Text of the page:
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Precise time and frequency control using the Navstar GPS and a disciplined rubidium oscillator

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1 Author(s)
R. E. Updegraff ; Interstate Electron. Corp., Anaheim, CA, USA

Shows in the first phase of testing that a rubidium oscillator's frequency can be set and maintained to within a few parts 10-13 through the oscillator's C-field. It is also demonstrated that a 1-PPS epoch can be steered into synchronism with a reference pulse by offsetting the rubidium's frequency a known amount for a predetermined amount of time to integrate out the error. This method of epoch steering is nondisruptive. It was shown in the second phase that the rubidium oscillator can be reconciled to GPS by averaging daily measurements and adjusting the C-field. Several times during this phase the 1-second epoch was adjusted while tracking, and no corruption of tracking was observed. Many people working in the precise time arena have concluded that environmental mitigation is the key to long-term stability for an atomic frequency standard whether cesium, rubidium, or whatever. The dominant sources of drift are temperature and magnetic field influences, and cesium standards are an order of magnitude better than rubidium on both counts. A major focus of the third phase is therefore on thermal mitigation in addition to developing the drift-averaging software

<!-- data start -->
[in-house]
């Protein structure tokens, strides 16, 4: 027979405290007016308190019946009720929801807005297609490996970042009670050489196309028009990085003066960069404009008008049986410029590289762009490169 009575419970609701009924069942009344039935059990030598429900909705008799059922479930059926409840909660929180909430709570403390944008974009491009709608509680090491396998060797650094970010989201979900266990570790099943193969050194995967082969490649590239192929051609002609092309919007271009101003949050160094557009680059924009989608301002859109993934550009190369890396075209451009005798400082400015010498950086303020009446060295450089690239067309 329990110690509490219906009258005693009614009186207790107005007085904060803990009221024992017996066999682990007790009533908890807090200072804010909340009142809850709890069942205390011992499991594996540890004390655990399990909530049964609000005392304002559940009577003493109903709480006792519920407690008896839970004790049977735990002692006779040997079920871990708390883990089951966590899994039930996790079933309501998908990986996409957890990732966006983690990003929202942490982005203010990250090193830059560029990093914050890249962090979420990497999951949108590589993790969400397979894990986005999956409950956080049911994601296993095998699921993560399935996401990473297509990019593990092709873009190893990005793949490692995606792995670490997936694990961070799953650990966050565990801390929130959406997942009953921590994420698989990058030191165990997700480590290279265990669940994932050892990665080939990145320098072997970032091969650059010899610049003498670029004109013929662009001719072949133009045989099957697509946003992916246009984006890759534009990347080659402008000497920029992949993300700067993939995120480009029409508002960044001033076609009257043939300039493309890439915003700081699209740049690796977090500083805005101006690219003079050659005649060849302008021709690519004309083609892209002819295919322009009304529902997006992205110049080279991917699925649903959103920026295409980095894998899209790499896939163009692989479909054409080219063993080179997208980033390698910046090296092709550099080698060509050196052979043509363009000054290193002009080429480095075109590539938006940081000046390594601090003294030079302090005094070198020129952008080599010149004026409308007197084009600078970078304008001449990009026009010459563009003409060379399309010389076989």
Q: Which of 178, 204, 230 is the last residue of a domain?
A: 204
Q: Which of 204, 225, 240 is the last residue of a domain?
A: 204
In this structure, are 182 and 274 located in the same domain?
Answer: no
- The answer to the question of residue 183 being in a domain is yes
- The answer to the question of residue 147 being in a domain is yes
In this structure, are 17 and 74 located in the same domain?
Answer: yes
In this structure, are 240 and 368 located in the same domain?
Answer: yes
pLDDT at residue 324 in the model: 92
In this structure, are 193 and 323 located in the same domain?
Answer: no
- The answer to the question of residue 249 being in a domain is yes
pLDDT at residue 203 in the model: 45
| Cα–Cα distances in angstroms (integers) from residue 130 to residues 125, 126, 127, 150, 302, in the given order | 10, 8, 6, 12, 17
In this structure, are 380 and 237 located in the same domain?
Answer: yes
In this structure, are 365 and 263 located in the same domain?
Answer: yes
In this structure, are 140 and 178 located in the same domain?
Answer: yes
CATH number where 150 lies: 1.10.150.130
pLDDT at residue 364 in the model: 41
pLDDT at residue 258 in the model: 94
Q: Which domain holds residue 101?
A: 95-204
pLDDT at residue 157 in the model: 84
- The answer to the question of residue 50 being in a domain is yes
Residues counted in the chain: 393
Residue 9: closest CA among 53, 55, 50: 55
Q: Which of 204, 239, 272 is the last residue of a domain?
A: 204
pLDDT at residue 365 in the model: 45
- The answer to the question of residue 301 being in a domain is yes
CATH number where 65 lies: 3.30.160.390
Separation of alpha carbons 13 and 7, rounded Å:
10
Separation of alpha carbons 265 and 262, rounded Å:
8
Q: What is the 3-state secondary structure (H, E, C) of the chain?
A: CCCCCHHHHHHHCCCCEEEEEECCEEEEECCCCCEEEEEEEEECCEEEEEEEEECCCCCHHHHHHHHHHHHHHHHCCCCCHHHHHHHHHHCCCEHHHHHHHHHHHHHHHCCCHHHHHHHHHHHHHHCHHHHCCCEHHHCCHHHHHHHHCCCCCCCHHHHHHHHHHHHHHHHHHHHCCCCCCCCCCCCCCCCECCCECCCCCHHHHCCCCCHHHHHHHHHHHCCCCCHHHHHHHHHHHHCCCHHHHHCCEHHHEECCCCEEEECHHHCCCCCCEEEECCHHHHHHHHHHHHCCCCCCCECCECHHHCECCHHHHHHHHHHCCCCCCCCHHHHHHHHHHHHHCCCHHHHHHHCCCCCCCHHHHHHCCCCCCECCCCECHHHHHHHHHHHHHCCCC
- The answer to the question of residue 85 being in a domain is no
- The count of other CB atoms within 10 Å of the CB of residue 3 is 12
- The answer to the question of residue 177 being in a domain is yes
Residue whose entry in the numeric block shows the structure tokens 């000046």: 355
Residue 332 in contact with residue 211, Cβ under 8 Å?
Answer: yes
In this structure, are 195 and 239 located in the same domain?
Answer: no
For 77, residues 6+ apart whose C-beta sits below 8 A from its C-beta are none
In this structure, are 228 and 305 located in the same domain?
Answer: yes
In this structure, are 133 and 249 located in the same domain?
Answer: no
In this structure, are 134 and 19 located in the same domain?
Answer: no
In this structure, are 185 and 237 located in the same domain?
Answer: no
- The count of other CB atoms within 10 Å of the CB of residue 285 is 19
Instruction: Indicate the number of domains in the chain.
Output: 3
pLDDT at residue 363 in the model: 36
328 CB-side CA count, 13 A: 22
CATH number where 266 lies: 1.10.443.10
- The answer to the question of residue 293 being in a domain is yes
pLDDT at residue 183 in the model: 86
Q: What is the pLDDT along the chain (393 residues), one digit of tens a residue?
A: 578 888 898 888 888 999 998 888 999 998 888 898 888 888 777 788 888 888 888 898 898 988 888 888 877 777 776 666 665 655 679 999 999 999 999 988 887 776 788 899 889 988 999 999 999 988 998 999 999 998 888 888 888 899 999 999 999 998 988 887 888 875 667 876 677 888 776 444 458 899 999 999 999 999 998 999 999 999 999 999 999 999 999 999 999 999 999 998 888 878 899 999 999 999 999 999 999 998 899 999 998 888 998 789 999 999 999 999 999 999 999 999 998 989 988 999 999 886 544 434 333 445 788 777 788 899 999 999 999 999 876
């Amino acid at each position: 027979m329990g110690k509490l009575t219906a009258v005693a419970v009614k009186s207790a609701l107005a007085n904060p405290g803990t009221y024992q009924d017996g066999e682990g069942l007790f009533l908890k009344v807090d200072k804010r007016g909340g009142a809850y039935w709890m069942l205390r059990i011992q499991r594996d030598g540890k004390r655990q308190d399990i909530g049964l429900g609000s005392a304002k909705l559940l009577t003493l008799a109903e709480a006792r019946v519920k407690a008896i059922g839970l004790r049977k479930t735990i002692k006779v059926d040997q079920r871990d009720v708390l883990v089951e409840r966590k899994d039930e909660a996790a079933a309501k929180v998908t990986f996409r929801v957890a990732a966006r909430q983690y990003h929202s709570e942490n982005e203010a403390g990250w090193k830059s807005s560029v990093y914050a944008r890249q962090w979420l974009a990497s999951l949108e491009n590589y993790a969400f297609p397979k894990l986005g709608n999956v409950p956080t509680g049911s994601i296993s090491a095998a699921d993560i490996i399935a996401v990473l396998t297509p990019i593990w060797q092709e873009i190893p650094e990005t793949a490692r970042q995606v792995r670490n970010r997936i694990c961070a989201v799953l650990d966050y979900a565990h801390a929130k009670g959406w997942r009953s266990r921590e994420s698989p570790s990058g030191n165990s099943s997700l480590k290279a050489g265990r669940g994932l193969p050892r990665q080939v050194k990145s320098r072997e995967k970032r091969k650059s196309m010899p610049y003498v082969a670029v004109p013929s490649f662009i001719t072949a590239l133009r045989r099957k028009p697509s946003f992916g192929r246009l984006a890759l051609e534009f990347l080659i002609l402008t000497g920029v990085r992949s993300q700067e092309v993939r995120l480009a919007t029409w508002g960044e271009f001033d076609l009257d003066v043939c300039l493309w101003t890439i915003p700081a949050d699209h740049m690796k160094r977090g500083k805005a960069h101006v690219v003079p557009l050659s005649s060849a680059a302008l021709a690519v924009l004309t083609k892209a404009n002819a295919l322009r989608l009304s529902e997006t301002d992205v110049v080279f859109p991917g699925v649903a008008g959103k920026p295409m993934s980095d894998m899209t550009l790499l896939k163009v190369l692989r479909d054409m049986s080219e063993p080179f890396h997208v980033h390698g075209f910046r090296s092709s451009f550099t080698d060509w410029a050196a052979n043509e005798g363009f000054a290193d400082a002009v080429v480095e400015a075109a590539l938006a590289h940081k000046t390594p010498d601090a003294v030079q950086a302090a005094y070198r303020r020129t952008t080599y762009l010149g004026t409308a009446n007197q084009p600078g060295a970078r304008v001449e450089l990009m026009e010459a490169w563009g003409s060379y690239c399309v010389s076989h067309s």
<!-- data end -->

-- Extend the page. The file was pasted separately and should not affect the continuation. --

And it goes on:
Published in:

Frequency Control and Synthesis, 1989. Second International Conference on

Date of Conference:

10-13 Apr 1989